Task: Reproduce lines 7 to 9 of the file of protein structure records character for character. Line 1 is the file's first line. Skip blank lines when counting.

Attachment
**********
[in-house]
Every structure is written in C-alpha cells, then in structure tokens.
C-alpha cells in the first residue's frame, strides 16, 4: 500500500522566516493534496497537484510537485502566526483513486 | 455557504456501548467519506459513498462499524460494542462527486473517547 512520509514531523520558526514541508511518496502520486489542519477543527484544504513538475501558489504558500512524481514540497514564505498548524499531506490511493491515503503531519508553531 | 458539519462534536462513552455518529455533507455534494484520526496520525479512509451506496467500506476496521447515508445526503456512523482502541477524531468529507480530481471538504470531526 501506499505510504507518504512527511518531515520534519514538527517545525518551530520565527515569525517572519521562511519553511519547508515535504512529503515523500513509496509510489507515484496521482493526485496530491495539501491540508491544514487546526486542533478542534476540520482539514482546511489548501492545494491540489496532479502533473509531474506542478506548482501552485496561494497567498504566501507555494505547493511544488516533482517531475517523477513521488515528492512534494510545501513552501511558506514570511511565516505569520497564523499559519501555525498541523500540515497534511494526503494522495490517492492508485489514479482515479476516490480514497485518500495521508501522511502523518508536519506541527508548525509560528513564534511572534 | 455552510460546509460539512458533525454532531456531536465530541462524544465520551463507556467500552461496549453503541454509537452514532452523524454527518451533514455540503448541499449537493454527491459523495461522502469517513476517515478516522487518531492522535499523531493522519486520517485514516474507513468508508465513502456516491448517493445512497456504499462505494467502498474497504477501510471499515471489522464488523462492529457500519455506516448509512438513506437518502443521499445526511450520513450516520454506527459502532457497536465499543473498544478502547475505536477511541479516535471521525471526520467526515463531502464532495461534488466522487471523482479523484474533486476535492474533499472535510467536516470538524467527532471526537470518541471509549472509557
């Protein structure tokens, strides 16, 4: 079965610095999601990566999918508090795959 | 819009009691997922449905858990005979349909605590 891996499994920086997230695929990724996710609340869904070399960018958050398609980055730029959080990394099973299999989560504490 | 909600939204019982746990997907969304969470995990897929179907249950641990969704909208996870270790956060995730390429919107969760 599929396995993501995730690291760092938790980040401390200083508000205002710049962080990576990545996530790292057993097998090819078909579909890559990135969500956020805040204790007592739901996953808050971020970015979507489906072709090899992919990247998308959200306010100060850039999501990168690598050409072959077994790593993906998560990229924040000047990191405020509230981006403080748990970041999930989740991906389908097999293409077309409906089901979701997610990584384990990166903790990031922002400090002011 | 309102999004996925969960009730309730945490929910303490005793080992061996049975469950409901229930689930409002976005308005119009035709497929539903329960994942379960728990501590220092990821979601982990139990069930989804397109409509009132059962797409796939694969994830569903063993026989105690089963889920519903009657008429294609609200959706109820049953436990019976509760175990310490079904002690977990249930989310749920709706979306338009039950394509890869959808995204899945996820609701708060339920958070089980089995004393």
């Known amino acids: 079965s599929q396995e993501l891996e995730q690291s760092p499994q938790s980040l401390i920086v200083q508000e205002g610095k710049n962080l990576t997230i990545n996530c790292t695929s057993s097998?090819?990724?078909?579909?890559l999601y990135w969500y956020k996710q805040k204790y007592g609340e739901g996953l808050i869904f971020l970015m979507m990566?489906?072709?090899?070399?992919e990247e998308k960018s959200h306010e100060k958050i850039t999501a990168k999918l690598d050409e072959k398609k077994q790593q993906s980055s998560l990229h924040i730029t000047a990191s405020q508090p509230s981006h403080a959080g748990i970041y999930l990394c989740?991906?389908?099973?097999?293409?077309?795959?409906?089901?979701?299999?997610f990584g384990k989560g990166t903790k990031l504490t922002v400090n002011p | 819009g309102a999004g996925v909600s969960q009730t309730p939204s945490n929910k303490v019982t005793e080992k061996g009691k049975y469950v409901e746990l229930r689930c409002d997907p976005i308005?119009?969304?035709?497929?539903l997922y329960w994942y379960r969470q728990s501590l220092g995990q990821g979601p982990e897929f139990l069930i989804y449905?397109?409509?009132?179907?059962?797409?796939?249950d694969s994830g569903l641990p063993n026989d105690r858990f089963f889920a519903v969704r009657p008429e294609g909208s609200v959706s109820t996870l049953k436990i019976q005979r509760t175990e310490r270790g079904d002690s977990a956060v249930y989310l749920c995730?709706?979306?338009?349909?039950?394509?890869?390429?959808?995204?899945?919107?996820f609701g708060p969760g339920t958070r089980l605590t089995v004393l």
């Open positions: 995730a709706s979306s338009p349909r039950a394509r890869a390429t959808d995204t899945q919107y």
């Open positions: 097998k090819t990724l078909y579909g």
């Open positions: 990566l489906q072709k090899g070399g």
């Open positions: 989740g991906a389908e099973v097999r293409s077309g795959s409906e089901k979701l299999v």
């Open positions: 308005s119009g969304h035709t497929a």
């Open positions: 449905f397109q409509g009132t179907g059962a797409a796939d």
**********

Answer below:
């Open positions: 097998k090819t990724l078909y579909g």
């Open positions: 990566l489906q072709k090899g070399g």
């Open positions: 989740g991906a389908e099973v097999r293409s077309g795959s409906e089901k979701l299999v």